We’ve a few friends in this grid, and Danny Grundy in particular did not disappoint! He ran away with the BDC Pro-Am championship last year after advancing from Drift Cup only the year before, and is kicking up a real storm in the Pro Championship too. Danny is one of those drivers that always sends it 110%, whether or not it’s a competition day or not, he’ll put that car on the line for the fans! Matt Carter (the door hunter), another staple of Japfest is seen here sticking on Danny’s door. Carter was pulling off some absolutely ridiculous backwards entries through the day.

My driver of the day, though, has to be Mark Lappage, below. His manji entries all day were fantastic, crazy aggressive and impossibly precise!

During the last drift Session, I was sat in the pitlane waiting to head out on track, so here’s a clip of some of the action from about as close as you could possibly have been! Sorry about the chatter behind me, Civic owners were doing what Civic owners do best and chatting utter shit about their cars.

 

Speaking of track, remember that CRX we were up silly late finishing? Well, 3.40pm was the second track session for it, and after a gentle start in the morning Alex was in full attack mode. Check out the video below! This is what the inside of a stripped out, 330bhp turbocharged CR-X looks like.

 

Now, of course, it’d be rude not to cover our native stand! Always one of the biggest stands each year, it’s easy to see how popular these little MX5s are, and the variety of builds is awesome! The 5s were out in force this year and the stand looked fantastic. We didn’t spend a lot of time around here I’m afraid, so I didn’t get a huge chance to look around.

It was awesome though to see some of the cars from the forums and facebook pages that float round so much in the flesh! Here’s that awesome mk2.5 bumper NA, alongside Mr. Crashcoft’s battered drifter.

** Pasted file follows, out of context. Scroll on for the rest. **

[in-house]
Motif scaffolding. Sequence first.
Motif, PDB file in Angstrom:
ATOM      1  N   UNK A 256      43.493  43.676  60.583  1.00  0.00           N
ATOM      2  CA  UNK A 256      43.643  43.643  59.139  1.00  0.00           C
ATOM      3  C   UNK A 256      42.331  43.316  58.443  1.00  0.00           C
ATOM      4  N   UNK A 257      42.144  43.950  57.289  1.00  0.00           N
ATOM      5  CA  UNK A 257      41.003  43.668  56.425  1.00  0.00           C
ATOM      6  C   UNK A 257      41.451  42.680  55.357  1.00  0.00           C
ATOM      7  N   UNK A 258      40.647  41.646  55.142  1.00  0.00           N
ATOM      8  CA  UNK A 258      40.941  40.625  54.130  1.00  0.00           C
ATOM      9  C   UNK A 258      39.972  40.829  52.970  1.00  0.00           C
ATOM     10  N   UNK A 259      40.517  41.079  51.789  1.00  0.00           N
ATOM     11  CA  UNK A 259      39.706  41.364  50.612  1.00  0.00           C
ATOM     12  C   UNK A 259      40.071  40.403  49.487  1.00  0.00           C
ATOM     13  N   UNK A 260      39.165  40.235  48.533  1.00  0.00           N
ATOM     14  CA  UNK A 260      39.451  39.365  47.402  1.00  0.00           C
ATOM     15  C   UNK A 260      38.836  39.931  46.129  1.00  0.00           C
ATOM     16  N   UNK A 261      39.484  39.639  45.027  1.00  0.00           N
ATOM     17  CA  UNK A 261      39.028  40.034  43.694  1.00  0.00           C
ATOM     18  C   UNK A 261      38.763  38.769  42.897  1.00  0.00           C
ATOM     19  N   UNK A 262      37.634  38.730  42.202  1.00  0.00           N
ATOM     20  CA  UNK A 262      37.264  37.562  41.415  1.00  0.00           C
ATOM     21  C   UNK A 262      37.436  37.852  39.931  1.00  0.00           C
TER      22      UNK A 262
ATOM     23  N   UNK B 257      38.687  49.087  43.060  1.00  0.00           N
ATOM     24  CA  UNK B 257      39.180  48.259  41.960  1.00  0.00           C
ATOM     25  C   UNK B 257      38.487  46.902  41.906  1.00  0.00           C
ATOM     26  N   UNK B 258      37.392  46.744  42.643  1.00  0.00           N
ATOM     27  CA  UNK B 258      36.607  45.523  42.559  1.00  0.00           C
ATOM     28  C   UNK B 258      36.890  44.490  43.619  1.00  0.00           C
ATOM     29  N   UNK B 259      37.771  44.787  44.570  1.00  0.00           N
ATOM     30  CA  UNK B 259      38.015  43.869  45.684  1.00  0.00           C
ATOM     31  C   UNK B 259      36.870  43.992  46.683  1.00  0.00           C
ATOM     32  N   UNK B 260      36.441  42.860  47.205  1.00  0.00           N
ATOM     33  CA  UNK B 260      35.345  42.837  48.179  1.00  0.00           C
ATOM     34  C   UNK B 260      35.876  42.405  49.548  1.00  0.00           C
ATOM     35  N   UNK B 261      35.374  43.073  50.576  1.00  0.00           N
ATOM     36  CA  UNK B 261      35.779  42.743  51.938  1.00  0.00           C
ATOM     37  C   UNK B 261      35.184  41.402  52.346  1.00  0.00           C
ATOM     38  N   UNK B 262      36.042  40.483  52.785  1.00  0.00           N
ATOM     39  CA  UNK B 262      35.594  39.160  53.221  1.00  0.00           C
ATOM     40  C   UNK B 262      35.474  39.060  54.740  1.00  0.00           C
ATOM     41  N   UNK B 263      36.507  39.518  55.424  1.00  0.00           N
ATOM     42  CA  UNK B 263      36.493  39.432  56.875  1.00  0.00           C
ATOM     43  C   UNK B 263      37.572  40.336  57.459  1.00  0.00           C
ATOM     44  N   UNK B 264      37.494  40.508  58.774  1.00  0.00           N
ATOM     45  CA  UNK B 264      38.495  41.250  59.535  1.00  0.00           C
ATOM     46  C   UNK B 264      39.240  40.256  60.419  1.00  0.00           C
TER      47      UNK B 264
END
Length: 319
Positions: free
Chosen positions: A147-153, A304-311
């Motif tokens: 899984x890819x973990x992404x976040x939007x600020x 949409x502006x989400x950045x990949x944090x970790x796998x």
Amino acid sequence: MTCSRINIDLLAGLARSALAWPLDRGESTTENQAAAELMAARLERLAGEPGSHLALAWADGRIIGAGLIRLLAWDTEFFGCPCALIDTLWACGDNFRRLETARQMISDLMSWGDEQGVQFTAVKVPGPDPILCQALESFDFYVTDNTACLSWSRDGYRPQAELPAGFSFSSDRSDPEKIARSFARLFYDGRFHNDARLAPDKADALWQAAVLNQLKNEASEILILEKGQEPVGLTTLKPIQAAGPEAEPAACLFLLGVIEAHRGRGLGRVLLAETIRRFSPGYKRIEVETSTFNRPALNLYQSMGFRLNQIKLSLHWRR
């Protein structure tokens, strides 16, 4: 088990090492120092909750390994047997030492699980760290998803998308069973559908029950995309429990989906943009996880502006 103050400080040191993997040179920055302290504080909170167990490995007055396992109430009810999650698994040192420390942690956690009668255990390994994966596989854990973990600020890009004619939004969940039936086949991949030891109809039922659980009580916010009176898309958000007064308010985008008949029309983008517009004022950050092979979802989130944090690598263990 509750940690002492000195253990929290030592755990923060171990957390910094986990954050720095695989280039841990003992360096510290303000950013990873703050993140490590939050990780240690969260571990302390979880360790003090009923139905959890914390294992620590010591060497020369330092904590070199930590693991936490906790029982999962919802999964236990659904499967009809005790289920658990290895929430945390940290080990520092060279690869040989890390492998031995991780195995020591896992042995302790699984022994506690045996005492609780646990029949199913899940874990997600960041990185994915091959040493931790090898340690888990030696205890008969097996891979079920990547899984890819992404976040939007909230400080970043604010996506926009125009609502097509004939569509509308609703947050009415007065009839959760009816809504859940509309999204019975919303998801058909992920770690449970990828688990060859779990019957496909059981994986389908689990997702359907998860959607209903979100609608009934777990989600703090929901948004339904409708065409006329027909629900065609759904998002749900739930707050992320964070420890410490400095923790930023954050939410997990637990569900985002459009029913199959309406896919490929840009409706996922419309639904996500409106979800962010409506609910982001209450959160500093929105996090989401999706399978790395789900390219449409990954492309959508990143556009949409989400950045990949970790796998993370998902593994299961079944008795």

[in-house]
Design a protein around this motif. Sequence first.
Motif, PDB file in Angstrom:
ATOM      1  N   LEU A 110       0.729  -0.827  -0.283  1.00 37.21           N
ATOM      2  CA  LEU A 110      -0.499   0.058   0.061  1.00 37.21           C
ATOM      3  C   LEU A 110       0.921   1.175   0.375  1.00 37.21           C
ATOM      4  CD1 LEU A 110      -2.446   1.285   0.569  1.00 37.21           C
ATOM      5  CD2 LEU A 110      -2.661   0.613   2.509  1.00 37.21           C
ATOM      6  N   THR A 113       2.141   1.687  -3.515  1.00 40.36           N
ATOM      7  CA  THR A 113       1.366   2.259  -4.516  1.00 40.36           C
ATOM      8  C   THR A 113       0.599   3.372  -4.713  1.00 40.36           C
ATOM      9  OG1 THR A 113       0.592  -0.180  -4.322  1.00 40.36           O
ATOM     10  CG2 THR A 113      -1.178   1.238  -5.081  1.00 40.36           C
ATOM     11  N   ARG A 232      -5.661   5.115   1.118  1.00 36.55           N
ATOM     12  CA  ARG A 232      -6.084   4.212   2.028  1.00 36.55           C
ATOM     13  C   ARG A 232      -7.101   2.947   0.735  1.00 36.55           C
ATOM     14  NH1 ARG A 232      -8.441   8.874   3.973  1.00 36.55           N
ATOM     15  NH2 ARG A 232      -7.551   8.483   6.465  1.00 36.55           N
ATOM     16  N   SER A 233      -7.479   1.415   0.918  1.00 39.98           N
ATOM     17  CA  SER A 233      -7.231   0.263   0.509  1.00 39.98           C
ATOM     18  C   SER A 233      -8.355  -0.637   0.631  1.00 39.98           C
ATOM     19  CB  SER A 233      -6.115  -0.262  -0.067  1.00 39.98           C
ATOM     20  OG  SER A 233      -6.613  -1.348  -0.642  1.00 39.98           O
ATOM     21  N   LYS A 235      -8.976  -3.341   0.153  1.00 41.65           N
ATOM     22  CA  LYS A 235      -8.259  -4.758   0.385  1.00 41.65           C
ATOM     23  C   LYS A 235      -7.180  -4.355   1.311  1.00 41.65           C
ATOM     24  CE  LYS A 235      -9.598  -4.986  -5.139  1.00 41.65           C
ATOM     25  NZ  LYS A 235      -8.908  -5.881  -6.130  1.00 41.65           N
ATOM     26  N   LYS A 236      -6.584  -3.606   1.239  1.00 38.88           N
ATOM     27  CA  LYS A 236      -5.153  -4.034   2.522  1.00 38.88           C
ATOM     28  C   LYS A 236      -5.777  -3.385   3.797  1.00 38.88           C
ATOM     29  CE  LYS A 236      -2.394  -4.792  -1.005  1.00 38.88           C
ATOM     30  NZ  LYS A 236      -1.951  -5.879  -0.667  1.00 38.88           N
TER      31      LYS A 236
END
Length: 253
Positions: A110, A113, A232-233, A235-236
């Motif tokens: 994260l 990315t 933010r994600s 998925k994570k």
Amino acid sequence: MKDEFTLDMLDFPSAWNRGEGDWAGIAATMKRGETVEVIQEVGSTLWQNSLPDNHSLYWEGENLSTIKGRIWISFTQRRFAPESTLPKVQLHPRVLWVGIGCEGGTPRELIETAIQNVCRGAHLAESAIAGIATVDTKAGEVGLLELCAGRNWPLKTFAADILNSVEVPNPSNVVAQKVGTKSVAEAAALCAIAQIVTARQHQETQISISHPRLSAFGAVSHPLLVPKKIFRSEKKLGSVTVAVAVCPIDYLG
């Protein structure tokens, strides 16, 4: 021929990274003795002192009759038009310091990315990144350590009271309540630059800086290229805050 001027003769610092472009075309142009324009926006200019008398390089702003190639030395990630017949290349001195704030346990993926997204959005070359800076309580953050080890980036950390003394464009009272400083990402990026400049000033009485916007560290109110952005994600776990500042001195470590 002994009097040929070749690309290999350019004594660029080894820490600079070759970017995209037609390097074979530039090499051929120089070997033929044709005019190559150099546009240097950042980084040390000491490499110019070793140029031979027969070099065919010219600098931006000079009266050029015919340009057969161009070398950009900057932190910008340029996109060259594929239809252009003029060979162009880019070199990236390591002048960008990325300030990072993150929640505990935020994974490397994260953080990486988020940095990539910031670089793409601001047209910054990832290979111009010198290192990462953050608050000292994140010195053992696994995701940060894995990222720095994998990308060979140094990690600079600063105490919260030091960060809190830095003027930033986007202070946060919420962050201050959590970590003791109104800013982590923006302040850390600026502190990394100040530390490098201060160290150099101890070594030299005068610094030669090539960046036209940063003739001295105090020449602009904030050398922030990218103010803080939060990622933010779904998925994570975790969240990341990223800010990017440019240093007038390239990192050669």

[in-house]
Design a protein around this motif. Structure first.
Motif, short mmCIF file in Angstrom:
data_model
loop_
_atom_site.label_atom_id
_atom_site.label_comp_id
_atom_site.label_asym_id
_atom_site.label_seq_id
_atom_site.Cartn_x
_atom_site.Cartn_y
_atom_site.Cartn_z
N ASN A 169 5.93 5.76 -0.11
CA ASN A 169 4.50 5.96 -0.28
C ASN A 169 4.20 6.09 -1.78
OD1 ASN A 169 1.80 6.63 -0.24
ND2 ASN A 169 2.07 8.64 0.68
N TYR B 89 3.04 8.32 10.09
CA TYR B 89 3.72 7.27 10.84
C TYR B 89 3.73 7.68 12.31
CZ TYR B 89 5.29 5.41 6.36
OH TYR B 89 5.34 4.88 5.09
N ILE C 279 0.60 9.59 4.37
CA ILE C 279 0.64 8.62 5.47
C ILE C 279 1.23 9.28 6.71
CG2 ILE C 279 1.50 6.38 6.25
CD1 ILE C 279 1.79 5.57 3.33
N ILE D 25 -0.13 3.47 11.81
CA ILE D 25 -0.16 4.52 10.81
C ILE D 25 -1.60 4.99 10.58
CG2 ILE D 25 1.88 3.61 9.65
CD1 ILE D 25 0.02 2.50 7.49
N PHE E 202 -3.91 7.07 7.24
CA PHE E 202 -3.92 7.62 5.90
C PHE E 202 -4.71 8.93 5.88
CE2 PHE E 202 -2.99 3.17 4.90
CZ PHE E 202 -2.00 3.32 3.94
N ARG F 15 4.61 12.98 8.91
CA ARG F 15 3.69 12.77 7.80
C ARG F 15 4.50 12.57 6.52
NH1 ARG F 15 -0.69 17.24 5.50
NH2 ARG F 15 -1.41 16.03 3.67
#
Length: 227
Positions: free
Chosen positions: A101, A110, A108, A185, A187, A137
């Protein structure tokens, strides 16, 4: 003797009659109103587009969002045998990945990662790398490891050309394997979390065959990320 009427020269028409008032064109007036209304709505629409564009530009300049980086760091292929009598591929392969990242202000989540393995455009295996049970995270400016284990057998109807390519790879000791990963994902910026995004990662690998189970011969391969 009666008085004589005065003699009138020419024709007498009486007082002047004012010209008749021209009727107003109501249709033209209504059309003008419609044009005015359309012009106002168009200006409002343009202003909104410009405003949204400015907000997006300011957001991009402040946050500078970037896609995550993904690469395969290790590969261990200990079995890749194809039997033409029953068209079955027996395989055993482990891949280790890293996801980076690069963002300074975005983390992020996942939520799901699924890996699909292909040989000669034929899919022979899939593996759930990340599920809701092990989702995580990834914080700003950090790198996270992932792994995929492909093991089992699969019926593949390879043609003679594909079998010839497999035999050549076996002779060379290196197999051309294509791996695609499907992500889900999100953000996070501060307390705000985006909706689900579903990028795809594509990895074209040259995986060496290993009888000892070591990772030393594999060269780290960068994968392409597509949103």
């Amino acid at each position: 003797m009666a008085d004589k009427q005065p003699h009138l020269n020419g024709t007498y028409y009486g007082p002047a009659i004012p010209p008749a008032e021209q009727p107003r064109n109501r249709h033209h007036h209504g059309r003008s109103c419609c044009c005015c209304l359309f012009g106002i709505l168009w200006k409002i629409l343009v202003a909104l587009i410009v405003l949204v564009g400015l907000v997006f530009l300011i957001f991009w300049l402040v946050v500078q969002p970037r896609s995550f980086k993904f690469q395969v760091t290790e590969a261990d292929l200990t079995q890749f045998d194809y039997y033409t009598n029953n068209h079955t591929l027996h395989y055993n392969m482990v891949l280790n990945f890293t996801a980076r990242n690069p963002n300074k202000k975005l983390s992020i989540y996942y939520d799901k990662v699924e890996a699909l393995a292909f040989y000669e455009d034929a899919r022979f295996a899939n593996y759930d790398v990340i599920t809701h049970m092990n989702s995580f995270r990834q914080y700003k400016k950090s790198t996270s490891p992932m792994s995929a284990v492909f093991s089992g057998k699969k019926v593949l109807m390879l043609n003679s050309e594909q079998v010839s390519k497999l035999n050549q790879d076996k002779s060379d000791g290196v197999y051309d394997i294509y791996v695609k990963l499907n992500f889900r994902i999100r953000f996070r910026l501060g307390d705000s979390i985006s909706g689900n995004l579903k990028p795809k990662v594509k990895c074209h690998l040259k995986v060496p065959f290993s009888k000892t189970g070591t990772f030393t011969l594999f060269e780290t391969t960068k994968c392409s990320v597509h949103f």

Fraser’s sadly now sold MK1 was sat pride of place at the front, though I’m not too sure about the fake side canards and stock exhaust 😛

Two of my favourite Mk1s made it onto the featured area too. Chris’ Purple Monster is looking crazier and crazier every year, and the detail his puts into this car is what makes it a true show and shine staple.

And let’s not forget Elin’s suuuuuuuper clean classically styled NA. In the MX-5 world, as in any car scene, it’s easy to grab attention and ‘be different’ by picking a loud colour and just going bigger and wilder than everyone else, but I think there’s really something to be said for a subtle, clean look. This car is easily one of the best for that, commanding respect without screaming in your face.

 

So that was Japfest 2017! It was a hectic day, and I didn’t get anywhere near enough time to wander round and see everything I’d wanted, but it was a good day out overall. The variety of cars was good, and there were some real gems tucked in the paddocks, but far too much to see to find them!

So it’s goodbye from me, and goodbye from the Slipwheel guys below. Expect another silly Japfest video soon, and roll on Japfest 2!


Categorised in:

Leave a Reply

Your email address will not be published. Required fields are marked *